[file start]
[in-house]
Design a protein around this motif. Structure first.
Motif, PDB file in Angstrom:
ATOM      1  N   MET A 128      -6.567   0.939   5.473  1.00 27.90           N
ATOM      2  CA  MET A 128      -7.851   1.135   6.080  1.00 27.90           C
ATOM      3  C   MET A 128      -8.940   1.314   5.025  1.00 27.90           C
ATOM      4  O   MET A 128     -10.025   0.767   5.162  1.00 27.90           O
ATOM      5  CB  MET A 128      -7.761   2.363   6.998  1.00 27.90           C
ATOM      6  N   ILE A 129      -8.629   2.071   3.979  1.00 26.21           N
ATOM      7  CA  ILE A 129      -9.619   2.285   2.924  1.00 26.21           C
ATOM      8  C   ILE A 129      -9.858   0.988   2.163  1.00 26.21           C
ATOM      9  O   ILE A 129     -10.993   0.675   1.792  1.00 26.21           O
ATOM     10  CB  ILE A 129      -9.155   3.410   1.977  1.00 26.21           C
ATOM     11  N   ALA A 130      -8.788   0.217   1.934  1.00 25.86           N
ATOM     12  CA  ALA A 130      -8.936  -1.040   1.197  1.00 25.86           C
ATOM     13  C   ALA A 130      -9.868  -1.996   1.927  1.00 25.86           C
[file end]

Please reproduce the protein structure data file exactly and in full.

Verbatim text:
[in-house]
Design a protein around this motif. Structure first.
Motif, PDB file in Angstrom:
ATOM      1  N   MET A 128      -6.567   0.939   5.473  1.00 27.90           N
ATOM      2  CA  MET A 128      -7.851   1.135   6.080  1.00 27.90           C
ATOM      3  C   MET A 128      -8.940   1.314   5.025  1.00 27.90           C
ATOM      4  O   MET A 128     -10.025   0.767   5.162  1.00 27.90           O
ATOM      5  CB  MET A 128      -7.761   2.363   6.998  1.00 27.90           C
ATOM      6  N   ILE A 129      -8.629   2.071   3.979  1.00 26.21           N
ATOM      7  CA  ILE A 129      -9.619   2.285   2.924  1.00 26.21           C
ATOM      8  C   ILE A 129      -9.858   0.988   2.163  1.00 26.21           C
ATOM      9  O   ILE A 129     -10.993   0.675   1.792  1.00 26.21           O
ATOM     10  CB  ILE A 129      -9.155   3.410   1.977  1.00 26.21           C
ATOM     11  N   ALA A 130      -8.788   0.217   1.934  1.00 25.86           N
ATOM     12  CA  ALA A 130      -8.936  -1.040   1.197  1.00 25.86           C
ATOM     13  C   ALA A 130      -9.868  -1.996   1.927  1.00 25.86           C